There may be various manners of implementing the access authorization logic, including but not limited to providing logic to authorize ingress and/or egress at least in part according to organizational roles and/or access rights of one or more people in or proximate to the area 107 or areas. For example, certain people may only be authorized for ingress if a supervisor or administrator is already in the area 107 or proximate thereto.
  • [0049]
    In some implementations the access authorization logic may also or alternatively include and/or involve logic to prevent ingress to and/or egress from the area 107 or areas by an authorized person or persons, when a person or persons unauthorized for ingress and/or egress is proximate to ingress and/or egress points 123 of the area 107 or areas. For example, if person 104 is authenticated and would be authorized for access, but person 105 proximate to 104 near the access point 123 cannot be authenticated satisfactorily, person 104 may not be authorized and both individuals 104 105 may thus be unable to enter the area 107. Such a technique may be employed to prevent “tailgating” into the area 107 by unauthorized individuals.
  • [0050]
    The logic to detect the presence of one or more people in the area 107 or areas and to authorize ingress and/or egress at least in part according to whether people are present in the area 107 or area and/or how many (henceforth, ‘presence detection and authorization logic’) may include and/or involve logic to detect one or more heat pattern in the area 107 or areas. For example, sensors 118 119 in the area 107 may recognize some number of distinct, moving sources of heat consistent in characteristics with individuals. Another manner of implementing the presence detection and authorization logic may include and/or involve logic to detect motion in the area 107 or areas.
  • [0051]
    People may carry cellular telephones that may be employed to facilitate identification/authorization of the people. For example, may cellular telephones comprise unique device identifications and/or personal identifications (e.g. SIM cards, manufacturing ids, or other identifying logic). The identifying/authorizing information of a cellular telephone may be accessible directly from the phone, or via the cellular network that services the phone. At least some of this information may be accessed and applied to facilitate ingress/egress decisions, to identify the presence of people in or near an area 107 or areas, and/or to identify authorized activities of a person in the area 107 or areas.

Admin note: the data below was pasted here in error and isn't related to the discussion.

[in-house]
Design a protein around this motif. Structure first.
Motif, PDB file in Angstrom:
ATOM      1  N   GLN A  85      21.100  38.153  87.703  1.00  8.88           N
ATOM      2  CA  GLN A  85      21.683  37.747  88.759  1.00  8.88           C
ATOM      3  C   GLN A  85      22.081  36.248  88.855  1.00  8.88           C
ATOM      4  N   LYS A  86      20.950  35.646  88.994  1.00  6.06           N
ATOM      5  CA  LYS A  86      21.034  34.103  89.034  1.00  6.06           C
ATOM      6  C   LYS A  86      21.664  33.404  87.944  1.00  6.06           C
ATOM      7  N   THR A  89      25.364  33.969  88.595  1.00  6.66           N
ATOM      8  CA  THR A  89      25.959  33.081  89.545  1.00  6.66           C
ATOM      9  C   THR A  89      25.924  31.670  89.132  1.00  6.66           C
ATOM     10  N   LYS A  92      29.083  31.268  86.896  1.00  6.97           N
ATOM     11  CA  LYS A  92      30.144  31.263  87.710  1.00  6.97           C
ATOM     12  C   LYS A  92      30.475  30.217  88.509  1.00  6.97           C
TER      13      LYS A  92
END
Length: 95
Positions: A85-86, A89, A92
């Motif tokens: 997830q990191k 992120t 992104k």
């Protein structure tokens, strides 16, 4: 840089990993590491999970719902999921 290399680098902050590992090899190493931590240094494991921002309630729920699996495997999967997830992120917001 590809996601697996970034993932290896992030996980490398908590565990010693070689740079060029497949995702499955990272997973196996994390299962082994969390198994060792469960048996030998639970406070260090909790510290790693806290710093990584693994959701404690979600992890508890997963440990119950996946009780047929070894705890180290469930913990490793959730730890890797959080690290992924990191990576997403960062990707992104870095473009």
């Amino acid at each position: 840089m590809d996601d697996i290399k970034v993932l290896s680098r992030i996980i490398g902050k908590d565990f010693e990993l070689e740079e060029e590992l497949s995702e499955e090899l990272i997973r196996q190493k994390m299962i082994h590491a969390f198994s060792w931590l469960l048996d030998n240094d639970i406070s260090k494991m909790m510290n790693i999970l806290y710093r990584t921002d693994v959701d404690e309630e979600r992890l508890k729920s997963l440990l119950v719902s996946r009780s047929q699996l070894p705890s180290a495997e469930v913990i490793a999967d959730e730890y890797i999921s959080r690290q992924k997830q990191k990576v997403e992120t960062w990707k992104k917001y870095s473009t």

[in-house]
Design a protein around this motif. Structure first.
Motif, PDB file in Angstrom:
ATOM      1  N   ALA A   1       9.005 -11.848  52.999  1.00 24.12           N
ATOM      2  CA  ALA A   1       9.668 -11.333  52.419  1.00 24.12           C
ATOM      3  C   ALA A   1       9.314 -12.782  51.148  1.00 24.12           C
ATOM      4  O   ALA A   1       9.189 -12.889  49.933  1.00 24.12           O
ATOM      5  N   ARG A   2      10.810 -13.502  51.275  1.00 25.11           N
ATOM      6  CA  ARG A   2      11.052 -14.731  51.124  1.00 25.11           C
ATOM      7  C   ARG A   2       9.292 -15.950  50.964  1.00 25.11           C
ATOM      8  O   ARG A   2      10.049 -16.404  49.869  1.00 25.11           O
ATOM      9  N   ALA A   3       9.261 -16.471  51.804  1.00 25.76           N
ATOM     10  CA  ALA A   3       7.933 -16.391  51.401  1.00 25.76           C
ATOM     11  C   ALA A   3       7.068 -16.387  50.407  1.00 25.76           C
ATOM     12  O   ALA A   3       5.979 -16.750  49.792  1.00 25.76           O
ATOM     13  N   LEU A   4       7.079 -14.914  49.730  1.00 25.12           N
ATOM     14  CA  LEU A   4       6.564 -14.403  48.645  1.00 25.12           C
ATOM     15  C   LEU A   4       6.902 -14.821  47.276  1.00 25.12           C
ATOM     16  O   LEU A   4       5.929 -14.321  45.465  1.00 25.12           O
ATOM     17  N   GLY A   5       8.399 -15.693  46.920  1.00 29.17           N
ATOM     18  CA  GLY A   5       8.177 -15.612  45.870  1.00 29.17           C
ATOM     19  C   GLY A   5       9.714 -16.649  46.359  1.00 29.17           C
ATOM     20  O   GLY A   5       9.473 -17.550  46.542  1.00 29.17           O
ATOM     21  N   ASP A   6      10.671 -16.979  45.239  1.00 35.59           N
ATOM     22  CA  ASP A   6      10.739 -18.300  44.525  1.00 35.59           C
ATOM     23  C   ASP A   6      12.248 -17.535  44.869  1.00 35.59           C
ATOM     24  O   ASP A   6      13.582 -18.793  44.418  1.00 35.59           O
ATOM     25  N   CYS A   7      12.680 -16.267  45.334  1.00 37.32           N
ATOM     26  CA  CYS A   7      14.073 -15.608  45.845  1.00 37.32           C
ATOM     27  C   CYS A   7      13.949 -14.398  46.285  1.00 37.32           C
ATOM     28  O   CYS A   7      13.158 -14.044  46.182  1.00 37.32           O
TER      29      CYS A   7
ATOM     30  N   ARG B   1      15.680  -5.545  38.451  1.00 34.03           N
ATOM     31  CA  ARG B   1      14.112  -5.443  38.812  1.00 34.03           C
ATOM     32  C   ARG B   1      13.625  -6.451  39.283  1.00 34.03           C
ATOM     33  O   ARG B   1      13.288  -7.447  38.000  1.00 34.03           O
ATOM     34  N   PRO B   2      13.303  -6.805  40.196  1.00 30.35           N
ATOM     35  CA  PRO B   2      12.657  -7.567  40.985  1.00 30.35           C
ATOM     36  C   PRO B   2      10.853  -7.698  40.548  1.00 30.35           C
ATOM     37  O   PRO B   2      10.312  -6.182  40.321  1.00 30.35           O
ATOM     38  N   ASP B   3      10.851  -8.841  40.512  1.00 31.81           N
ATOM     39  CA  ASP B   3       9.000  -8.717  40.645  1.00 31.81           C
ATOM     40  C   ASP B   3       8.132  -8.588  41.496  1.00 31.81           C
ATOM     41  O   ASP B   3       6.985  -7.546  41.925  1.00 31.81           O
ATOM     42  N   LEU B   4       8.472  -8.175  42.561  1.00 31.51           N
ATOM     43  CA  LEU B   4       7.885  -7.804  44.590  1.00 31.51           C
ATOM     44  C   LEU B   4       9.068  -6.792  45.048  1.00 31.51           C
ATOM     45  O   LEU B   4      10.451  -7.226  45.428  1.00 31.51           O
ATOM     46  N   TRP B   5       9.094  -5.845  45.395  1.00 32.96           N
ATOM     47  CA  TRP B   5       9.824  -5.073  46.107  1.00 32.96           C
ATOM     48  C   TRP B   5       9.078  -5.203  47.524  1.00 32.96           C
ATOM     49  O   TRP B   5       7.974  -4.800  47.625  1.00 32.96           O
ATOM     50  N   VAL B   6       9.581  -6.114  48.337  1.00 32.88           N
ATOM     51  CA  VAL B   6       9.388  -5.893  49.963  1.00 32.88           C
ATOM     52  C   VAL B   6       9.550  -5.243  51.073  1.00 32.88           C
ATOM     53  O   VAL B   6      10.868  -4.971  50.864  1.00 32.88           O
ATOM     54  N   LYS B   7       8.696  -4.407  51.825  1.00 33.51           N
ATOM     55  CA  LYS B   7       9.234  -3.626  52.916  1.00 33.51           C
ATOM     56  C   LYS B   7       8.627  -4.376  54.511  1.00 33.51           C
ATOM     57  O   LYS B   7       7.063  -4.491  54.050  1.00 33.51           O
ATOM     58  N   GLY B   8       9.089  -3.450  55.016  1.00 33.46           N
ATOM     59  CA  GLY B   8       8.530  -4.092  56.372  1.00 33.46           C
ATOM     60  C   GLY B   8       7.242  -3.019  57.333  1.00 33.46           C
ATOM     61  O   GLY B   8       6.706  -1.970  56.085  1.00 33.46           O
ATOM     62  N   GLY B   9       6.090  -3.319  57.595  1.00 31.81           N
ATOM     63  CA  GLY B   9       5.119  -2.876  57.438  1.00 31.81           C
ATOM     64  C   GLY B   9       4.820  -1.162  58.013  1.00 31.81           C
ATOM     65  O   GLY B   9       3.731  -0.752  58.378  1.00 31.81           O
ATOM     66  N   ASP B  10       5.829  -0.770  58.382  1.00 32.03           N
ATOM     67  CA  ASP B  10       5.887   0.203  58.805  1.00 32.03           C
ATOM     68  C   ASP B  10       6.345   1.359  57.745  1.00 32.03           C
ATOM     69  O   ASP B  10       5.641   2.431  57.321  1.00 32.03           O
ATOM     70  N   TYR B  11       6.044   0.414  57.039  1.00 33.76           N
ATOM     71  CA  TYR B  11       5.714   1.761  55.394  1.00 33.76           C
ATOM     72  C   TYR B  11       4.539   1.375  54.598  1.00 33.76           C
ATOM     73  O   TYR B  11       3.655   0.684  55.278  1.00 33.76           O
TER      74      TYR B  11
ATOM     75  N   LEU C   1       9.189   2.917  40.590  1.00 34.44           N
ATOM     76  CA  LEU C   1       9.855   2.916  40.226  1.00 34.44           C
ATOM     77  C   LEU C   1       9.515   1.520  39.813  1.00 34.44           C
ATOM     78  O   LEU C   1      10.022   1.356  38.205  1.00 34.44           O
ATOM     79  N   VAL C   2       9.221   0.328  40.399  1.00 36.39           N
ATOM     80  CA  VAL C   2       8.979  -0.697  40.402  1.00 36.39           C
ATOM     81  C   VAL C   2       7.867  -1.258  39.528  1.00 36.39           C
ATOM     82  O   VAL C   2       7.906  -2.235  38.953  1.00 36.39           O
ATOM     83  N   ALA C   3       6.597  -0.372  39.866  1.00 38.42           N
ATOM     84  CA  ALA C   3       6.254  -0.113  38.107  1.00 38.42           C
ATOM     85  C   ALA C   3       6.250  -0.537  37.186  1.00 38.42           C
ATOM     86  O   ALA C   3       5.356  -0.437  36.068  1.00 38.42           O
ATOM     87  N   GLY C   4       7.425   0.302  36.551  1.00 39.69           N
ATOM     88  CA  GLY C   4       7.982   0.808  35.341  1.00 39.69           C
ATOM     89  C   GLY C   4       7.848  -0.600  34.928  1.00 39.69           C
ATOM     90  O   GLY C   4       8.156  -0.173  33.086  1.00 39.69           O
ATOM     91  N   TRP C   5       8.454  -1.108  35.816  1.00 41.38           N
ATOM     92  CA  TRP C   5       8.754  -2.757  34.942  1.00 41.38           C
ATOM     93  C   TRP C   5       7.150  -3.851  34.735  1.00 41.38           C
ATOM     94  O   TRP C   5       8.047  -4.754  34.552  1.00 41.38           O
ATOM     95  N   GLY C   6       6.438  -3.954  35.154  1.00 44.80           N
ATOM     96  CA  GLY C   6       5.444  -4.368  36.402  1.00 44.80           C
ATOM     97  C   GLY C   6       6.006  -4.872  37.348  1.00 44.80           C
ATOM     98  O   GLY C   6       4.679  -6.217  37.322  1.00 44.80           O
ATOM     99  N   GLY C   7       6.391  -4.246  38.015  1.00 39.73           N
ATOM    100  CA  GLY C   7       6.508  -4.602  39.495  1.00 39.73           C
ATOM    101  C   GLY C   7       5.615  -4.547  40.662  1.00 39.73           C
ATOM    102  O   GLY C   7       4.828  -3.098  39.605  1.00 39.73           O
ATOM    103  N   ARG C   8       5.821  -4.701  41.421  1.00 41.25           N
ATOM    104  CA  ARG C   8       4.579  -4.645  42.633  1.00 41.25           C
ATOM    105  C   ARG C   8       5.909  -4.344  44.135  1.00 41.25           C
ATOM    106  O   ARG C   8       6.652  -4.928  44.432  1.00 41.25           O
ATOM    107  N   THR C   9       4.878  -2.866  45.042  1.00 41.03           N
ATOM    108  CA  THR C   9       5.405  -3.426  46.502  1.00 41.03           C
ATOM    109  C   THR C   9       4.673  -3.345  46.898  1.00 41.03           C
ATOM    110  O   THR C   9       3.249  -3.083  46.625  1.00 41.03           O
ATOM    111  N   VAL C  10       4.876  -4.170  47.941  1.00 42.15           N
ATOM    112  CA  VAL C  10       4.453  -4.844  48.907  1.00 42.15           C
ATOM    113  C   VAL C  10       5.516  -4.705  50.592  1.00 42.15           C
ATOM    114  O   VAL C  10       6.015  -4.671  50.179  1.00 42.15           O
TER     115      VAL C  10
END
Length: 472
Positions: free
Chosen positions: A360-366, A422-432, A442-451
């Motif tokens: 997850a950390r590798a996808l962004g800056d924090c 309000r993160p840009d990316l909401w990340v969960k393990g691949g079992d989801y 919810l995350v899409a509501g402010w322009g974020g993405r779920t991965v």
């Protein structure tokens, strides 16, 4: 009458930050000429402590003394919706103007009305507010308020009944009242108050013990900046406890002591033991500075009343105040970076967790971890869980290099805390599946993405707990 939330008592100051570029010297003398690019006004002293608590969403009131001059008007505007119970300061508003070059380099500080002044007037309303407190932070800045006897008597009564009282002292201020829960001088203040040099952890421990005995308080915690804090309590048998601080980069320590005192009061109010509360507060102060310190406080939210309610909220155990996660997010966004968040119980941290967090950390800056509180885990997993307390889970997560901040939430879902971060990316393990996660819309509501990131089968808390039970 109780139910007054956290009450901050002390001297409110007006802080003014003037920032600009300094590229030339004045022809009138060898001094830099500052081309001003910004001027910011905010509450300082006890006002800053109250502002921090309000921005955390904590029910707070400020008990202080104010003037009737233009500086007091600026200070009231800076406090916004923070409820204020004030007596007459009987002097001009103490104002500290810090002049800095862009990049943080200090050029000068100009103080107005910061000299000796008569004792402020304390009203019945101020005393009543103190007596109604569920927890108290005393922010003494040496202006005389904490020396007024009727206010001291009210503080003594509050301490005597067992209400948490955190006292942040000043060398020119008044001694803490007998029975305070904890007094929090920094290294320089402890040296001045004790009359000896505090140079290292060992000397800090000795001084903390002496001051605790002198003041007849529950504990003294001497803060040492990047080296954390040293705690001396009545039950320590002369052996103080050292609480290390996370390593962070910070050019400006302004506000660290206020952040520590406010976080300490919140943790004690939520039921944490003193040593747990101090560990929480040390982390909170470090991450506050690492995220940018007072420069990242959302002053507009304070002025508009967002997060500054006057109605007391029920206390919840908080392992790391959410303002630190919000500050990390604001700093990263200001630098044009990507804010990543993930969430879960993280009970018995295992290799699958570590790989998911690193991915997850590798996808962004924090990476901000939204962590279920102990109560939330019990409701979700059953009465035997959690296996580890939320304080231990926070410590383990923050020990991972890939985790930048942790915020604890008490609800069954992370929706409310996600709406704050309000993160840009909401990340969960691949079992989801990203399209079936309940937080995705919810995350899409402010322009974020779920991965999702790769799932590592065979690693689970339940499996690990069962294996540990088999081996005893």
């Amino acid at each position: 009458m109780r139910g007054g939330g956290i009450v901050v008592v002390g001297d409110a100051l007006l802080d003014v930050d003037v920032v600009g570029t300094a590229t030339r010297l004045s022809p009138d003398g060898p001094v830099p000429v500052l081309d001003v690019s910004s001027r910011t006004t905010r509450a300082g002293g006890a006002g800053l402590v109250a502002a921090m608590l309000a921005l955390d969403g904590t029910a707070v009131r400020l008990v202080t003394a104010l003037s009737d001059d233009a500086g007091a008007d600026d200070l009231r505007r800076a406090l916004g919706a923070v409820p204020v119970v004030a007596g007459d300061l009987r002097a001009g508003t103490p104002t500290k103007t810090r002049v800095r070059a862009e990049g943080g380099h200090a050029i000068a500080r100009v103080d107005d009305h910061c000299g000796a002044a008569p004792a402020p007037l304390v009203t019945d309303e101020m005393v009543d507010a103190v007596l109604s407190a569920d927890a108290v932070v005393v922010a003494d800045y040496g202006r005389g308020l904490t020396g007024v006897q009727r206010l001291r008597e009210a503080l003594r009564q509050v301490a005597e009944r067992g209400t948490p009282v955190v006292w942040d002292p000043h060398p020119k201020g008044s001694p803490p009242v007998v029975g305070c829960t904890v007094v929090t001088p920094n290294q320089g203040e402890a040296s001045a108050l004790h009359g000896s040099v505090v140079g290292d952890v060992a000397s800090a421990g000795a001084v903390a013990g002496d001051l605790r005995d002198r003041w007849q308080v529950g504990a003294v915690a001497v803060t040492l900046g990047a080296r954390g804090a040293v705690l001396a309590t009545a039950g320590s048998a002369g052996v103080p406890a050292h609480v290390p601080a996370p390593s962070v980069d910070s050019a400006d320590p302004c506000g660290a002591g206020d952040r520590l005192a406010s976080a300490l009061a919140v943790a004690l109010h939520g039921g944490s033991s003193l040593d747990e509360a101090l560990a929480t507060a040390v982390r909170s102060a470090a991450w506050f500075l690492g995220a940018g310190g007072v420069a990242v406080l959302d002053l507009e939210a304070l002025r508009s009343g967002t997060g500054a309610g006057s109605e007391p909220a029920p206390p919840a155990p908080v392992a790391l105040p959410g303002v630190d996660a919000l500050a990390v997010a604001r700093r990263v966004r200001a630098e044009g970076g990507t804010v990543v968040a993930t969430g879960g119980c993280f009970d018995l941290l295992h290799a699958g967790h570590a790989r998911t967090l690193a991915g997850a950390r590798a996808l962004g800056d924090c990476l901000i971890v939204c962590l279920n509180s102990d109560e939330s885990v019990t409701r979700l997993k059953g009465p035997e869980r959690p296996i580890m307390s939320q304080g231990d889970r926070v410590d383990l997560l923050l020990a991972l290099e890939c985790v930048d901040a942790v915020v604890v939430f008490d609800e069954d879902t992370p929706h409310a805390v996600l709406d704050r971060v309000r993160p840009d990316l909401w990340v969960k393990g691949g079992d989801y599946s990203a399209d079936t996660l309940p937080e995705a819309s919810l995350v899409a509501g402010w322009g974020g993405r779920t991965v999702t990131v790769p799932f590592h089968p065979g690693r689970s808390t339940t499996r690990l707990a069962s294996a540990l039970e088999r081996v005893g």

• [0052]
    The system may include and/or involve logic to control ingress and/or egress to and/or from the area 107 or areas at least in part according to the contents, e.g. people, objects, and/or devices in the area (henceforth, ‘access control logic’). The access control logic may include and/or involve logic to control at least one of locking, unlocking, opening, or closing a door or doors. One manner of implementing access control logic may include and/or involve logic to control egress from the area 107 or areas at least in part according to which contents (people, device, and/or objects) have already left the area 107 or areas. For example, egress may be denied to an individual recognized as moving a device 109 to the access/exit point 123 if no supervisory individual is currently in and/or proximate to the area 107 and/or access point 123.
  • [0053]